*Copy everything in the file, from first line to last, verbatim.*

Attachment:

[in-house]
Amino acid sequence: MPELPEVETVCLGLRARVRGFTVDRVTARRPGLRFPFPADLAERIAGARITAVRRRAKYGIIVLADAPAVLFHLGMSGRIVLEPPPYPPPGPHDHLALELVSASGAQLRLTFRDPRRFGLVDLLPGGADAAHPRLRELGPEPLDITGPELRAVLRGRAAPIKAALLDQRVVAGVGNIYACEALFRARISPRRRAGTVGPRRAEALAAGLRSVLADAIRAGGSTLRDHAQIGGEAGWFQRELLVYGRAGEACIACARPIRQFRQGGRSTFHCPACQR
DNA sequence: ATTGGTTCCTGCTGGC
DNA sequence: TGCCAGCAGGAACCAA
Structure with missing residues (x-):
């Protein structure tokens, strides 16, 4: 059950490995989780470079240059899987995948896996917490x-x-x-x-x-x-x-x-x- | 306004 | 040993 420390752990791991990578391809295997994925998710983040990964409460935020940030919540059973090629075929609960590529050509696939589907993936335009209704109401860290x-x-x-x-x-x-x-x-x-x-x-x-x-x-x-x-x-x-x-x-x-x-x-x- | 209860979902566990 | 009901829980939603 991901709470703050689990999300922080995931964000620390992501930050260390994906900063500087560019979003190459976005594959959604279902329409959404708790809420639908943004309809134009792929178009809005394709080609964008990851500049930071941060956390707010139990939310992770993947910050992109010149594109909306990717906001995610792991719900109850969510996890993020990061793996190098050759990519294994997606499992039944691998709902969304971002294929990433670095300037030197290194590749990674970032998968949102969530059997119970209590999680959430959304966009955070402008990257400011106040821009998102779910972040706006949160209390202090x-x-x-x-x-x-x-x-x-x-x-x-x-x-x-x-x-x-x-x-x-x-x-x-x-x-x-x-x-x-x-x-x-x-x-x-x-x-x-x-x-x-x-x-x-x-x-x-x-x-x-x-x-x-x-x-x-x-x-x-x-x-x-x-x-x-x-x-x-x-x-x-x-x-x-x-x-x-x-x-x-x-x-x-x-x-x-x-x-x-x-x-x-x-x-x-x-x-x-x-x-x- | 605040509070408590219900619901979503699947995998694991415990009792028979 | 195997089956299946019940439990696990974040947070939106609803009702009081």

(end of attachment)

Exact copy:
[in-house]
Amino acid sequence: MPELPEVETVCLGLRARVRGFTVDRVTARRPGLRFPFPADLAERIAGARITAVRRRAKYGIIVLADAPAVLFHLGMSGRIVLEPPPYPPPGPHDHLALELVSASGAQLRLTFRDPRRFGLVDLLPGGADAAHPRLRELGPEPLDITGPELRAVLRGRAAPIKAALLDQRVVAGVGNIYACEALFRARISPRRRAGTVGPRRAEALAAGLRSVLADAIRAGGSTLRDHAQIGGEAGWFQRELLVYGRAGEACIACARPIRQFRQGGRSTFHCPACQR
DNA sequence: ATTGGTTCCTGCTGGC
DNA sequence: TGCCAGCAGGAACCAA
Structure with missing residues (x-):
């Protein structure tokens, strides 16, 4: 059950490995989780470079240059899987995948896996917490x-x-x-x-x-x-x-x-x- | 306004 | 040993 420390752990791991990578391809295997994925998710983040990964409460935020940030919540059973090629075929609960590529050509696939589907993936335009209704109401860290x-x-x-x-x-x-x-x-x-x-x-x-x-x-x-x-x-x-x-x-x-x-x-x- | 209860979902566990 | 009901829980939603 991901709470703050689990999300922080995931964000620390992501930050260390994906900063500087560019979003190459976005594959959604279902329409959404708790809420639908943004309809134009792929178009809005394709080609964008990851500049930071941060956390707010139990939310992770993947910050992109010149594109909306990717906001995610792991719900109850969510996890993020990061793996190098050759990519294994997606499992039944691998709902969304971002294929990433670095300037030197290194590749990674970032998968949102969530059997119970209590999680959430959304966009955070402008990257400011106040821009998102779910972040706006949160209390202090x-x-x-x-x-x-x-x-x-x-x-x-x-x-x-x-x-x-x-x-x-x-x-x-x-x-x-x-x-x-x-x-x-x-x-x-x-x-x-x-x-x-x-x-x-x-x-x-x-x-x-x-x-x-x-x-x-x-x-x-x-x-x-x-x-x-x-x-x-x-x-x-x-x-x-x-x-x-x-x-x-x-x-x-x-x-x-x-x-x-x-x-x-x-x-x-x-x-x-x-x-x- | 605040509070408590219900619901979503699947995998694991415990009792028979 | 195997089956299946019940439990696990974040947070939106609803009702009081």